A data model that embeds related data in a single document facilitates these kinds of atomic operations. For data models that store references between related pieces of data, the application must issue separate read and write operations to retrieve and modify these related pieces of data.

See Model Data for Atomic Operations for an example data model that provides atomic updates for a single document.

[1]Document-level atomic operations include all operations within a single MongoDB document record: operations that affect multiple embedded documents within that single record are still atomic.

Sharding

MongoDB uses sharding to provide horizontal scaling. These clusters support deployments with large data sets and high-throughput operations. Sharding allows users to partition a collection within a database to distribute the collection’s documents across a number of mongod instances or shards.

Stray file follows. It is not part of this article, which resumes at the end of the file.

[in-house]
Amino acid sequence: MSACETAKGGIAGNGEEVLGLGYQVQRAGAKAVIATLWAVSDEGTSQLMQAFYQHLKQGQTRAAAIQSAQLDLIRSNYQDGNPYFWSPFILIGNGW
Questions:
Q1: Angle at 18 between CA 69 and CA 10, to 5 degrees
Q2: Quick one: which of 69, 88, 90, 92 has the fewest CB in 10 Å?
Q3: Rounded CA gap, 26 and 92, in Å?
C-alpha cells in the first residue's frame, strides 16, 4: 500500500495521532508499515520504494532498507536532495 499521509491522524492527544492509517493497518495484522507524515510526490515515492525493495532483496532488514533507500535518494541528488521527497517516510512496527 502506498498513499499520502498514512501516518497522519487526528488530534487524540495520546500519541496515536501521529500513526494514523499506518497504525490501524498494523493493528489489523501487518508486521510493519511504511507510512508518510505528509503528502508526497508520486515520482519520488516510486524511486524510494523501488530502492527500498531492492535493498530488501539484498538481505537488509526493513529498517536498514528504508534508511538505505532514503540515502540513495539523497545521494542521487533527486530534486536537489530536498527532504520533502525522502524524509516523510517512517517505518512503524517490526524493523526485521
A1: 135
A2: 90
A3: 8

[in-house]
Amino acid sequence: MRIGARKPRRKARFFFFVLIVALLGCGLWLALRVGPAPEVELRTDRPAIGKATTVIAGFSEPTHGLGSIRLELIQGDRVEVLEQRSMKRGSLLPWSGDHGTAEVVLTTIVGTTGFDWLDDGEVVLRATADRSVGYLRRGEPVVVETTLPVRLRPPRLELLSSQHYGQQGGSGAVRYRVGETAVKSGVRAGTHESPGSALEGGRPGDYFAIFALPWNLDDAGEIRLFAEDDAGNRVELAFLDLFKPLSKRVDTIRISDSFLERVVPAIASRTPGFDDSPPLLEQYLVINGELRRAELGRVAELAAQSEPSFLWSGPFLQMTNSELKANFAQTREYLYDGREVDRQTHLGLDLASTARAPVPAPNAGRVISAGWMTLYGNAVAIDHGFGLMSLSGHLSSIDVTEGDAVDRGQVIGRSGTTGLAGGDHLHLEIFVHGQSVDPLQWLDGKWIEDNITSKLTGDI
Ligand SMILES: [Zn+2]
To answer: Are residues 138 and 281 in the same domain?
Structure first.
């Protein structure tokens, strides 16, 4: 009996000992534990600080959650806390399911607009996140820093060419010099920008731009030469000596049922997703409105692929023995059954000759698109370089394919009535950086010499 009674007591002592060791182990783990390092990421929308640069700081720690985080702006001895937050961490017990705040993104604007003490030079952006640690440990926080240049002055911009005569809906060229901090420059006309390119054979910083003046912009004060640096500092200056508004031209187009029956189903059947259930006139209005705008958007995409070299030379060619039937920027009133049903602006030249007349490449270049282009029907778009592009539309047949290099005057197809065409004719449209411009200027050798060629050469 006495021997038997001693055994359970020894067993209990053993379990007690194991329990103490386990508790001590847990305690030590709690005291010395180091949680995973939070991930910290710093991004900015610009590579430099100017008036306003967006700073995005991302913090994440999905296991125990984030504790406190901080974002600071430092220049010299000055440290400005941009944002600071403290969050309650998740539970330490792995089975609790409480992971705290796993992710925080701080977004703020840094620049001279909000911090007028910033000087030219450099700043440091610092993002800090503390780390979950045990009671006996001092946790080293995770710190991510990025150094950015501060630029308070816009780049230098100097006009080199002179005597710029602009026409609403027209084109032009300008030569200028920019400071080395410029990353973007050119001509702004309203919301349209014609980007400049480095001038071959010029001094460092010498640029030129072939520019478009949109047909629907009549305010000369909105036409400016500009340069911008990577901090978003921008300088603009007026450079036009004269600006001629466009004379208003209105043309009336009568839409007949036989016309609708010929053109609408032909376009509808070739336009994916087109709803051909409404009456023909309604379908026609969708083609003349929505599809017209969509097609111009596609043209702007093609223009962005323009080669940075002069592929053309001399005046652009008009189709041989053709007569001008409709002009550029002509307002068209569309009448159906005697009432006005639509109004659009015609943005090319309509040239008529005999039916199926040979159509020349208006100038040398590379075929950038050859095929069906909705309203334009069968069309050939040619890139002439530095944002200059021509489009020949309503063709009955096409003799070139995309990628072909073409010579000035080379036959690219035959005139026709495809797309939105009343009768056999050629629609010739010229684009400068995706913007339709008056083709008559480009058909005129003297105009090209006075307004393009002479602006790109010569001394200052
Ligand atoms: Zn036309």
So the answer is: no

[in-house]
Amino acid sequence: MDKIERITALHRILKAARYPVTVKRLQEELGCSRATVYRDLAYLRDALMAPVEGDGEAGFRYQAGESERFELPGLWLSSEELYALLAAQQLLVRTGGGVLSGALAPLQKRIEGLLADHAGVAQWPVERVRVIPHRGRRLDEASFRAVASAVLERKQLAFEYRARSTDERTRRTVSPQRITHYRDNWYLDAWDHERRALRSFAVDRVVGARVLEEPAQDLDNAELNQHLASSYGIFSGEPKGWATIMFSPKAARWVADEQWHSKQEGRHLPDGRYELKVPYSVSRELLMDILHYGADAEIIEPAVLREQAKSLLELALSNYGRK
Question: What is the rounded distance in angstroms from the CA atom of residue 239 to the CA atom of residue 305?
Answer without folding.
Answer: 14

To distribute data and application traffic in a sharded collection, MongoDB uses the shard key. Selecting the proper shard key has significant implications for performance, and can enable or prevent query isolation and increased write capacity. It is important to consider carefully the field or fields to use as the shard key.

See Sharding and Shard Keys for more information.

Indexes

Use indexes to improve performance for common queries. Build indexes on fields that appear often in queries and for all operations that return sorted results. MongoDB automatically creates a unique index on the _id field.

As you create indexes, consider the following behaviors of indexes:

  • Each index requires at least 8 kB of data space.
  • Adding an index has some negative performance impact for write operations. For collections with high write-to-read ratio, indexes are expensive since each insert must also update any indexes.
  • Collections with high read-to-write ratio often benefit from additional indexes. Indexes do not affect un-indexed read operations.
  • When active, each index consumes disk space and memory. This usage can be significant and should be tracked for capacity planning, especially for concerns over working set size.